Lead prosecutor Jacob Buch-Jepsen questioned Madsen and presented the case against him as the accused took to the stand during the trial's first day.
A number of shocking details were described in what is a truly disturbing case.
Our reporting of the trial will set out to reflect the facts presented.
Buch-Jepsen presented various pieces of evidence that the public had not previously seen. One important aspect of this was information gathered from a computer belonging to Peter Madsen and a digital reconstruction of the contents of his mobile phone, which was not recovered from Køge Bay waters.
The digital evidence shows that on the morning of August 10th, Madsen "googled 'beheaded girl a(r)gony' which leads to a video of an unidentified young woman who is slowly having her throat cut," the prosecutor said according to AFP.
On July 26th, he also googled "female beheading" and watched the videos.
He also showed an interest in what Buch-Jepsen called 'impalement' of women, broadcaster DR reports.
Additionally, the prosecutor showed the court pictures of blue and orange nylon straps. He said that the straps had been found secured within the UC3 Nautilus submarine as well as in bags found by divers containing Kim Wall's clothes.
Marks from the straps were also found on Wall's body, which indicates that the journalist had been tied down in the submarine using the straps, Buch-Jepsen said.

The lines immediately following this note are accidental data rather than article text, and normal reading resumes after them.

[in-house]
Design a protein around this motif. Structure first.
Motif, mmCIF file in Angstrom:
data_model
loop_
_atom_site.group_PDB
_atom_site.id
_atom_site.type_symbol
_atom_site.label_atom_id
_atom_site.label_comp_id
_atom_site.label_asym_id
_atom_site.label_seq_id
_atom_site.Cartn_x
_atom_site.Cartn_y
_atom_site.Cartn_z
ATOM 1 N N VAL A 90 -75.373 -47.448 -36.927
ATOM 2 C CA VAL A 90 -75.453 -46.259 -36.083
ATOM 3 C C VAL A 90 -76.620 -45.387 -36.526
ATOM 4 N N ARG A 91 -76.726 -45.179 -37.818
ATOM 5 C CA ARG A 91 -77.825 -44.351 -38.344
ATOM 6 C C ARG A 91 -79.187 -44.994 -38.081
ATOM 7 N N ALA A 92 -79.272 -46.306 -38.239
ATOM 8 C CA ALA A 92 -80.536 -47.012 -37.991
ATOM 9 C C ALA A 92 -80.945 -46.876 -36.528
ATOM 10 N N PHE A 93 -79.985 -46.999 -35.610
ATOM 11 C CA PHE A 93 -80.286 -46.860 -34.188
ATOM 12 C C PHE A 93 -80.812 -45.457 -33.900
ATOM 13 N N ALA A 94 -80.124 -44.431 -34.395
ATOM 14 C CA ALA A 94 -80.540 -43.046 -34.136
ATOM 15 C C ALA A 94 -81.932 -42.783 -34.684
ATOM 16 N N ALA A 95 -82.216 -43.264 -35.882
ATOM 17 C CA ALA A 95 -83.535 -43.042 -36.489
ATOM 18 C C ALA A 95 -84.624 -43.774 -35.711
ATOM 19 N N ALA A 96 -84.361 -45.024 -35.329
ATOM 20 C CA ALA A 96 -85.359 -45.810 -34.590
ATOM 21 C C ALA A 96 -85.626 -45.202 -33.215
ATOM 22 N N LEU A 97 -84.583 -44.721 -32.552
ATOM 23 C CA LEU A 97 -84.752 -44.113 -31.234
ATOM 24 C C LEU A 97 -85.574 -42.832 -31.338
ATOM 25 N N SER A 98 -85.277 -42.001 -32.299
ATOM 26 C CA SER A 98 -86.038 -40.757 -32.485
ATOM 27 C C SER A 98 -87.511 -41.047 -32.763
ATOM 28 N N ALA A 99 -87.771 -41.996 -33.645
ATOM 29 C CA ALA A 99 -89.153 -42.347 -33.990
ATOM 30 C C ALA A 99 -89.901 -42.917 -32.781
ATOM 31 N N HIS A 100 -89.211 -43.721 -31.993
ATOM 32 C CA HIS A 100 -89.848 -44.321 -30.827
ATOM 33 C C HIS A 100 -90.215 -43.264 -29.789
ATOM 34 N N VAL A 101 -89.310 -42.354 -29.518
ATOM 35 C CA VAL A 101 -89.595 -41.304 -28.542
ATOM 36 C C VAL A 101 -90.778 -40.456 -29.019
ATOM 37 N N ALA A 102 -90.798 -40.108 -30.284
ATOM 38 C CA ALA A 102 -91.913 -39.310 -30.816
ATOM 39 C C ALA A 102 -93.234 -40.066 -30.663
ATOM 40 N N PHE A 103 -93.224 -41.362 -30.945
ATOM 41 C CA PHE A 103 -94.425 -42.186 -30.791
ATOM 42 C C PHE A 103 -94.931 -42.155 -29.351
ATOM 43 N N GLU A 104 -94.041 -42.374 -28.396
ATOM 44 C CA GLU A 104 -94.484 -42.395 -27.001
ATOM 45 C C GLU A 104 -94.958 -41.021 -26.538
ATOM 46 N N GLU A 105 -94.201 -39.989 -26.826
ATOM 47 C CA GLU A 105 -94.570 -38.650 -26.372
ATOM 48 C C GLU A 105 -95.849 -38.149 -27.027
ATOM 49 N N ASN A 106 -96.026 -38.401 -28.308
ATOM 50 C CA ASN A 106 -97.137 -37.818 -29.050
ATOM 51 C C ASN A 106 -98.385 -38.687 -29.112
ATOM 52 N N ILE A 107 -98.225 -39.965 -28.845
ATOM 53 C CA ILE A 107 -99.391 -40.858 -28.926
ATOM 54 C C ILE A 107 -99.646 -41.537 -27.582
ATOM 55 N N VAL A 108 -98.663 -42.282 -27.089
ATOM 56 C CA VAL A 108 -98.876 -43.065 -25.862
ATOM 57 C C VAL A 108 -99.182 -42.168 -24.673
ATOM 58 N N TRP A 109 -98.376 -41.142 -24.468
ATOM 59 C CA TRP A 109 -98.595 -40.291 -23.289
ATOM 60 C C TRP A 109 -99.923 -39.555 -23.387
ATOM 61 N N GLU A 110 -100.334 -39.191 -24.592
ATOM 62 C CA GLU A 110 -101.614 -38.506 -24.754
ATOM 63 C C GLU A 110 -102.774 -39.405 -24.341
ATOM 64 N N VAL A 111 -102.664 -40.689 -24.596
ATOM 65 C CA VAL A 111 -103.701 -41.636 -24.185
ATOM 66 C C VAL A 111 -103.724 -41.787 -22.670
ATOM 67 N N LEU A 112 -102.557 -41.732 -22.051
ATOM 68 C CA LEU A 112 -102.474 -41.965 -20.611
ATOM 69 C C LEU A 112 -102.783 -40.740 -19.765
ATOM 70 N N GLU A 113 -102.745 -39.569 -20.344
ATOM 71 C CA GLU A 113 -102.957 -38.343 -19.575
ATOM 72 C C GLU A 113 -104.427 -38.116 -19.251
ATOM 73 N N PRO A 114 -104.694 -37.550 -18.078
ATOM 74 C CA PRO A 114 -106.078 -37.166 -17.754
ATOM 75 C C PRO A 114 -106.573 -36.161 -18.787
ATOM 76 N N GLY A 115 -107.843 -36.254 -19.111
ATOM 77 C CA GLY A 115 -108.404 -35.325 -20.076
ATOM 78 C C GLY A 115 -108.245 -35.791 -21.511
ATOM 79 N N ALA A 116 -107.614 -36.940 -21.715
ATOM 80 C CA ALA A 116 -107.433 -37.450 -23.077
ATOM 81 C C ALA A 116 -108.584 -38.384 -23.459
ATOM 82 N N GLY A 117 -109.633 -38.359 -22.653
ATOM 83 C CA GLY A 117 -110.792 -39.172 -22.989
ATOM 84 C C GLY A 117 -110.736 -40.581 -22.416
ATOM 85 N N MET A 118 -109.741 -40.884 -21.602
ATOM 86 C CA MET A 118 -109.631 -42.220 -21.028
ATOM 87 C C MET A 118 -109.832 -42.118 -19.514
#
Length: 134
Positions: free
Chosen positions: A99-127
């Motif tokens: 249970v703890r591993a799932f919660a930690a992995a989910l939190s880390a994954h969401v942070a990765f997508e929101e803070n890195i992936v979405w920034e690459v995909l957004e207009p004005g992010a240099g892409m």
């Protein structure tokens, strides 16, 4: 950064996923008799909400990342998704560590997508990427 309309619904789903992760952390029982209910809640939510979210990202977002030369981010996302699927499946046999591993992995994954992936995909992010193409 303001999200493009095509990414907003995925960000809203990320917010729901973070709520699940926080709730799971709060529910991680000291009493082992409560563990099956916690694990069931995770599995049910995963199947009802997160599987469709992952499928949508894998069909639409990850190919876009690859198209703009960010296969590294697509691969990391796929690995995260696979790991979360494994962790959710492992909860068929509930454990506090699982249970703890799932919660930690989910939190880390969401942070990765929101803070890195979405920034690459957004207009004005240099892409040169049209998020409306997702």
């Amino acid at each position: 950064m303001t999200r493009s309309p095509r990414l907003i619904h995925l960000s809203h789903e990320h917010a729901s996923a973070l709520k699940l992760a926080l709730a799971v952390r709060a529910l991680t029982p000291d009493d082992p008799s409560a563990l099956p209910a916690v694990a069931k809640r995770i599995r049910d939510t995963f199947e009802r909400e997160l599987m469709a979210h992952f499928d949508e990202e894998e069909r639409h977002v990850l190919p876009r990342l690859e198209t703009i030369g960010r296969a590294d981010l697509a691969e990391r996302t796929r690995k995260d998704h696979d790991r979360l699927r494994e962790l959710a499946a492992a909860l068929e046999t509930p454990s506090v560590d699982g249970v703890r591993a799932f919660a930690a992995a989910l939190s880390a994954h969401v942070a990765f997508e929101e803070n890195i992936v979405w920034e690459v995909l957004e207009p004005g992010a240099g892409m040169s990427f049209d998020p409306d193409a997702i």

Also presented on Thursday were details of a psychological assessment of Madsen.
Prosecutors cited a psychological assessment which declared him "perverse and highly sexually deviant," DR reports.
"He has narcissistic and psychopathic traits, and is manipulating, with a severe lack of empathy and remorse," Buch-Jepsen said according to AFP.
He was also described as "extremely untrustworthy" and a "pathological" liar.
Though it had been unclear whether Madsen himself would speak on Thursday, that turned out to be the case. The suspect stuck to the version of events he gave police in October - that Kim Wall died when the submarine's air pressure suddenly dropped and toxic fumes filled the vessel.
He has previously given two different accounts. He said that he did that because he wanted to protect the journalist's family from the details of her death.
Defence lawyer Betina Hald Engmark stressed in her comments to the court that no cause of death could be determined by the police investigation.
"If these statements as presented by the prosecutor can be proven, it would be very incriminating for my client. However there is not enough proof," Hald Engmark told the court, AFP writes.
The prosecution has confirmed it will seek a life sentence, which in Denmark averages around 16 years.
The trial is scheduled to resume on March 21st and a verdict is expected on April 25th.